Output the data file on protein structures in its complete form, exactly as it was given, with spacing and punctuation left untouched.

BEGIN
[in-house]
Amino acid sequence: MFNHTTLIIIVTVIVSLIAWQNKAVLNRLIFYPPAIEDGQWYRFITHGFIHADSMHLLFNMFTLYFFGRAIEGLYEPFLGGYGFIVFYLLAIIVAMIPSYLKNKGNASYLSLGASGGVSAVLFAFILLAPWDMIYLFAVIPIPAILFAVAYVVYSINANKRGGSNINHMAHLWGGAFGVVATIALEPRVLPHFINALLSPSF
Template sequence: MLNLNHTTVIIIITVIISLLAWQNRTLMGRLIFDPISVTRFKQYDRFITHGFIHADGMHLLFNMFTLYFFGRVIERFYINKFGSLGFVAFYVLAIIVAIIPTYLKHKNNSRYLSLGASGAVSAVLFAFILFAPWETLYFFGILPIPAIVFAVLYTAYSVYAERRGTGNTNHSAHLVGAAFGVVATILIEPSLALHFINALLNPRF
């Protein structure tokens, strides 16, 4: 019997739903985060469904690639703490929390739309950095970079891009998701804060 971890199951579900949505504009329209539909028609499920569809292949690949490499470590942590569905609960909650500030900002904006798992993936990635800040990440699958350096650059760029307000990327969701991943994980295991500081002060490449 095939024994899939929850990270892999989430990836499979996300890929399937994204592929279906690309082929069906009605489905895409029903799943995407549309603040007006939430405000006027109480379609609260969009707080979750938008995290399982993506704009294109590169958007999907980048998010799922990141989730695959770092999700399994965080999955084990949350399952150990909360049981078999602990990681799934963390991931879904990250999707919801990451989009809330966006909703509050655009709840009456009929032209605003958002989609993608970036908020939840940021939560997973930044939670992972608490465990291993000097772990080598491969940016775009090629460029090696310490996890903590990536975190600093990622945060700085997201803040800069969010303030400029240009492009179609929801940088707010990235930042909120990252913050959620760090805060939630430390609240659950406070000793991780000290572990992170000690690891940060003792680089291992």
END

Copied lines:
[in-house]
Amino acid sequence: MFNHTTLIIIVTVIVSLIAWQNKAVLNRLIFYPPAIEDGQWYRFITHGFIHADSMHLLFNMFTLYFFGRAIEGLYEPFLGGYGFIVFYLLAIIVAMIPSYLKNKGNASYLSLGASGGVSAVLFAFILLAPWDMIYLFAVIPIPAILFAVAYVVYSINANKRGGSNINHMAHLWGGAFGVVATIALEPRVLPHFINALLSPSF
Template sequence: MLNLNHTTVIIIITVIISLLAWQNRTLMGRLIFDPISVTRFKQYDRFITHGFIHADGMHLLFNMFTLYFFGRVIERFYINKFGSLGFVAFYVLAIIVAIIPTYLKHKNNSRYLSLGASGAVSAVLFAFILFAPWETLYFFGILPIPAIVFAVLYTAYSVYAERRGTGNTNHSAHLVGAAFGVVATILIEPSLALHFINALLNPRF
């Protein structure tokens, strides 16, 4: 019997739903985060469904690639703490929390739309950095970079891009998701804060 971890199951579900949505504009329209539909028609499920569809292949690949490499470590942590569905609960909650500030900002904006798992993936990635800040990440699958350096650059760029307000990327969701991943994980295991500081002060490449 095939024994899939929850990270892999989430990836499979996300890929399937994204592929279906690309082929069906009605489905895409029903799943995407549309603040007006939430405000006027109480379609609260969009707080979750938008995290399982993506704009294109590169958007999907980048998010799922990141989730695959770092999700399994965080999955084990949350399952150990909360049981078999602990990681799934963390991931879904990250999707919801990451989009809330966006909703509050655009709840009456009929032209605003958002989609993608970036908020939840940021939560997973930044939670992972608490465990291993000097772990080598491969940016775009090629460029090696310490996890903590990536975190600093990622945060700085997201803040800069969010303030400029240009492009179609929801940088707010990235930042909120990252913050959620760090805060939630430390609240659950406070000793991780000290572990992170000690690891940060003792680089291992």